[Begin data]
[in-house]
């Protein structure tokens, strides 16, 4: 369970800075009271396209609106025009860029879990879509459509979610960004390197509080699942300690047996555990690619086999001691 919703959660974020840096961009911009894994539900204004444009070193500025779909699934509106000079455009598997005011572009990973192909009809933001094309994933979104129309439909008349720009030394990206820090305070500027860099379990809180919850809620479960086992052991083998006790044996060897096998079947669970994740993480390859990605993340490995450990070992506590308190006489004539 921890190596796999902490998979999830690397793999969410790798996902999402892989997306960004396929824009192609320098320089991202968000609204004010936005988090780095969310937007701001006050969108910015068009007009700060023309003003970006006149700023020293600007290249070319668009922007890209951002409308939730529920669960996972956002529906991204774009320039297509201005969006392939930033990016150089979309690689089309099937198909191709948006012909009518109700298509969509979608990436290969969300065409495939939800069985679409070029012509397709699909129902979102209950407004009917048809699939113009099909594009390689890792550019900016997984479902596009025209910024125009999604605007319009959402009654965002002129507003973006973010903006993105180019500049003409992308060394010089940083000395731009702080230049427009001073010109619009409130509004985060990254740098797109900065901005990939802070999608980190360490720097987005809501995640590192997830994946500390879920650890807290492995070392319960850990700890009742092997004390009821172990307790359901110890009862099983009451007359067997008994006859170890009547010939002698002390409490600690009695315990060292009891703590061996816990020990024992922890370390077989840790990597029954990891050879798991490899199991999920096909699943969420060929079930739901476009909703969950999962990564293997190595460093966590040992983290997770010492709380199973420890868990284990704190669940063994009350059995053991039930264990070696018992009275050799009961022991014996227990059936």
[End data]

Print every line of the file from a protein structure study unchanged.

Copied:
[in-house]
């Protein structure tokens, strides 16, 4: 369970800075009271396209609106025009860029879990879509459509979610960004390197509080699942300690047996555990690619086999001691 919703959660974020840096961009911009894994539900204004444009070193500025779909699934509106000079455009598997005011572009990973192909009809933001094309994933979104129309439909008349720009030394990206820090305070500027860099379990809180919850809620479960086992052991083998006790044996060897096998079947669970994740993480390859990605993340490995450990070992506590308190006489004539 921890190596796999902490998979999830690397793999969410790798996902999402892989997306960004396929824009192609320098320089991202968000609204004010936005988090780095969310937007701001006050969108910015068009007009700060023309003003970006006149700023020293600007290249070319668009922007890209951002409308939730529920669960996972956002529906991204774009320039297509201005969006392939930033990016150089979309690689089309099937198909191709948006012909009518109700298509969509979608990436290969969300065409495939939800069985679409070029012509397709699909129902979102209950407004009917048809699939113009099909594009390689890792550019900016997984479902596009025209910024125009999604605007319009959402009654965002002129507003973006973010903006993105180019500049003409992308060394010089940083000395731009702080230049427009001073010109619009409130509004985060990254740098797109900065901005990939802070999608980190360490720097987005809501995640590192997830994946500390879920650890807290492995070392319960850990700890009742092997004390009821172990307790359901110890009862099983009451007359067997008994006859170890009547010939002698002390409490600690009695315990060292009891703590061996816990020990024992922890370390077989840790990597029954990891050879798991490899199991999920096909699943969420060929079930739901476009909703969950999962990564293997190595460093966590040992983290997770010492709380199973420890868990284990704190669940063994009350059995053991039930264990070696018992009275050799009961022991014996227990059936």